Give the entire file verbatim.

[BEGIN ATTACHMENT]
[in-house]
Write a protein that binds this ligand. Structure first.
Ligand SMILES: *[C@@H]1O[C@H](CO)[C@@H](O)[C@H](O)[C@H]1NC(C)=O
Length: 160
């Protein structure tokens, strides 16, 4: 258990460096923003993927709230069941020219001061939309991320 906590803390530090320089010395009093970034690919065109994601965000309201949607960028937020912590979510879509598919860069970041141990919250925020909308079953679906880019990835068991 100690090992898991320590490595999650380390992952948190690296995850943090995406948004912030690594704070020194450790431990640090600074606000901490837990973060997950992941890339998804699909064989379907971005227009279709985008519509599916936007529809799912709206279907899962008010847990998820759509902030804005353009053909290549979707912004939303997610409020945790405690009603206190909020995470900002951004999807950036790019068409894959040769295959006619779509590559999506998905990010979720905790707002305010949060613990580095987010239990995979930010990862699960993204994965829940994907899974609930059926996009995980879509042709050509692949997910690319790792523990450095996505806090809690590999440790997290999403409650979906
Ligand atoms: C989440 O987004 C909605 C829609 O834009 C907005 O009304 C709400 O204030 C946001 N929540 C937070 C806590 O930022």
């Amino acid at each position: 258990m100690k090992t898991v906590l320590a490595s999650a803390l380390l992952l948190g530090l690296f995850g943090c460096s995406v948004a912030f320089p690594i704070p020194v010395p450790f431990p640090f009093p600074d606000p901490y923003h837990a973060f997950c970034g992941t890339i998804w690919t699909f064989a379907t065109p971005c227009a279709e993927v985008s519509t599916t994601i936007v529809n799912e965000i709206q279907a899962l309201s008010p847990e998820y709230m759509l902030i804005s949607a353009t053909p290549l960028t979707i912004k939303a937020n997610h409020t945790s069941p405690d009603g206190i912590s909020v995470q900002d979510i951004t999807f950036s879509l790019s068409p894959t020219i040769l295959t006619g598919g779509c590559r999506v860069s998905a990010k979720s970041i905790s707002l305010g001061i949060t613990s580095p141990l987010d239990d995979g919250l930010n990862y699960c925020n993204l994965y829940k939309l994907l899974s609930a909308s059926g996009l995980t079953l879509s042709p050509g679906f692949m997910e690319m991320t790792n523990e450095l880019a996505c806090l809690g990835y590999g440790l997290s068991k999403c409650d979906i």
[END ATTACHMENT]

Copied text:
[in-house]
Write a protein that binds this ligand. Structure first.
Ligand SMILES: *[C@@H]1O[C@H](CO)[C@@H](O)[C@H](O)[C@H]1NC(C)=O
Length: 160
């Protein structure tokens, strides 16, 4: 258990460096923003993927709230069941020219001061939309991320 906590803390530090320089010395009093970034690919065109994601965000309201949607960028937020912590979510879509598919860069970041141990919250925020909308079953679906880019990835068991 100690090992898991320590490595999650380390992952948190690296995850943090995406948004912030690594704070020194450790431990640090600074606000901490837990973060997950992941890339998804699909064989379907971005227009279709985008519509599916936007529809799912709206279907899962008010847990998820759509902030804005353009053909290549979707912004939303997610409020945790405690009603206190909020995470900002951004999807950036790019068409894959040769295959006619779509590559999506998905990010979720905790707002305010949060613990580095987010239990995979930010990862699960993204994965829940994907899974609930059926996009995980879509042709050509692949997910690319790792523990450095996505806090809690590999440790997290999403409650979906
Ligand atoms: C989440 O987004 C909605 C829609 O834009 C907005 O009304 C709400 O204030 C946001 N929540 C937070 C806590 O930022």
């Amino acid at each position: 258990m100690k090992t898991v906590l320590a490595s999650a803390l380390l992952l948190g530090l690296f995850g943090c460096s995406v948004a912030f320089p690594i704070p020194v010395p450790f431990p640090f009093p600074d606000p901490y923003h837990a973060f997950c970034g992941t890339i998804w690919t699909f064989a379907t065109p971005c227009a279709e993927v985008s519509t599916t994601i936007v529809n799912e965000i709206q279907a899962l309201s008010p847990e998820y709230m759509l902030i804005s949607a353009t053909p290549l960028t979707i912004k939303a937020n997610h409020t945790s069941p405690d009603g206190i912590s909020v995470q900002d979510i951004t999807f950036s879509l790019s068409p894959t020219i040769l295959t006619g598919g779509c590559r999506v860069s998905a990010k979720s970041i905790s707002l305010g001061i949060t613990s580095p141990l987010d239990d995979g919250l930010n990862y699960c925020n993204l994965y829940k939309l994907l899974s609930a909308s059926g996009l995980t079953l879509s042709p050509g679906f692949m997910e690319m991320t790792n523990e450095l880019a996505c806090l809690g990835y590999g440790l997290s068991k999403c409650d979906i």